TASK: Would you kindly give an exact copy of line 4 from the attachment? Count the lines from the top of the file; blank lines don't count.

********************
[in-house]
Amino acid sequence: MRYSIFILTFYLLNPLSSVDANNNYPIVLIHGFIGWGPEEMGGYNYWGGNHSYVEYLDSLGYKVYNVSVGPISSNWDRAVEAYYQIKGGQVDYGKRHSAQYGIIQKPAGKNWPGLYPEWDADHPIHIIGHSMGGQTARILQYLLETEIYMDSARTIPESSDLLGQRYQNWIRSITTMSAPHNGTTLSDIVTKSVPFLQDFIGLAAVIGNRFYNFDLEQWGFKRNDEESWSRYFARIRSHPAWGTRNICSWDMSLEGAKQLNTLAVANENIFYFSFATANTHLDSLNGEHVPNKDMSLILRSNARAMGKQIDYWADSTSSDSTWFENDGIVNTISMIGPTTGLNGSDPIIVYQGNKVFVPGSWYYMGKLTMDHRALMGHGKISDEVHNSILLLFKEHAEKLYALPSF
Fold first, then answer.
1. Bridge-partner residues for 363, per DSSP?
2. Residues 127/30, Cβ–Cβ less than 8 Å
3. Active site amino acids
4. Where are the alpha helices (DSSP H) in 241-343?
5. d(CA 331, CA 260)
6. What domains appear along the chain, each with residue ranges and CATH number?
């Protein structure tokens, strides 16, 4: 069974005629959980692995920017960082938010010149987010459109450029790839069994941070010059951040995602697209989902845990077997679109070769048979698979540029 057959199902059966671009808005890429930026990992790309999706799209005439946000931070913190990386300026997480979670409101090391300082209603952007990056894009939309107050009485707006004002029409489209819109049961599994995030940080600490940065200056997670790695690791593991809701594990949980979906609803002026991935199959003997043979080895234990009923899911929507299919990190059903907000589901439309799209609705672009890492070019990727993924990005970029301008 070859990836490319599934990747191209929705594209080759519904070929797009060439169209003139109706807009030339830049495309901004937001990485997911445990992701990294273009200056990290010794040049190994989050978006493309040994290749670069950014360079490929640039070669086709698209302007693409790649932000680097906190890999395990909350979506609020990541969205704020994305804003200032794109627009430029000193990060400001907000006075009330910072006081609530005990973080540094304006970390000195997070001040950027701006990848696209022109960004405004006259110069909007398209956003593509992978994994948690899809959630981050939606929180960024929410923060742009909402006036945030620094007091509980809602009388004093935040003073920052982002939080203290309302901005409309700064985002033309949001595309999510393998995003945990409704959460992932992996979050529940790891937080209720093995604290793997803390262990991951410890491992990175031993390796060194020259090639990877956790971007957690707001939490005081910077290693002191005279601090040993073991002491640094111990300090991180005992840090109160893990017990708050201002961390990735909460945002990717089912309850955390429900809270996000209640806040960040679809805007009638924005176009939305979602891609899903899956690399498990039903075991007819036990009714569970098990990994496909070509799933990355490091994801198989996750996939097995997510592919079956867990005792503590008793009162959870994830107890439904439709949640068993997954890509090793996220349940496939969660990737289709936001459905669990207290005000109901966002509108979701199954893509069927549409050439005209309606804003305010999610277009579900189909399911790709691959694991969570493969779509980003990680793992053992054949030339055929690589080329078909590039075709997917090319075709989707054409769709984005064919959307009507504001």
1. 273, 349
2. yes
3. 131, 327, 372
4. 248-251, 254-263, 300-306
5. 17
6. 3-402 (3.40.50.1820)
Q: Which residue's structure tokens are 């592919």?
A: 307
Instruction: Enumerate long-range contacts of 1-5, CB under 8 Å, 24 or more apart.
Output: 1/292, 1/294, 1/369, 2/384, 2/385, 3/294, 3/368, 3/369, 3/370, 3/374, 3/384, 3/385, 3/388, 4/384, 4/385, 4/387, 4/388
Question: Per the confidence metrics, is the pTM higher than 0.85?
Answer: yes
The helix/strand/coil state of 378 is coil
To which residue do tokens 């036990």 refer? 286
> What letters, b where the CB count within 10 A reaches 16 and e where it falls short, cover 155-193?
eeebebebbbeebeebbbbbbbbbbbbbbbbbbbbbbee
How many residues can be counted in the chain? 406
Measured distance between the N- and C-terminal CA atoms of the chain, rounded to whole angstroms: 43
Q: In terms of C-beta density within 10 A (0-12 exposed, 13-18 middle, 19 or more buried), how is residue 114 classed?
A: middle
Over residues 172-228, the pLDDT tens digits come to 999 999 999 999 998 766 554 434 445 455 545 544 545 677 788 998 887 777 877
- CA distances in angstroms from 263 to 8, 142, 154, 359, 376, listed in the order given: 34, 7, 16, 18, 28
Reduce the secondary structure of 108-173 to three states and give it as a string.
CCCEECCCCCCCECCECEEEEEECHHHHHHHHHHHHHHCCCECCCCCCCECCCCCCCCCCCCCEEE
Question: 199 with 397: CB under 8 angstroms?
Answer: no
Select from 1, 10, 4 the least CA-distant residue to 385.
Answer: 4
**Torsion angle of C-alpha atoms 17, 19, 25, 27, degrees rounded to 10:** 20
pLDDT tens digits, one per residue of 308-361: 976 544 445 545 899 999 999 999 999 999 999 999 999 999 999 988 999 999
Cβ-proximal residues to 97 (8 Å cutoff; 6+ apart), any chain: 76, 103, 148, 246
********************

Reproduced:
1. Bridge-partner residues for 363, per DSSP?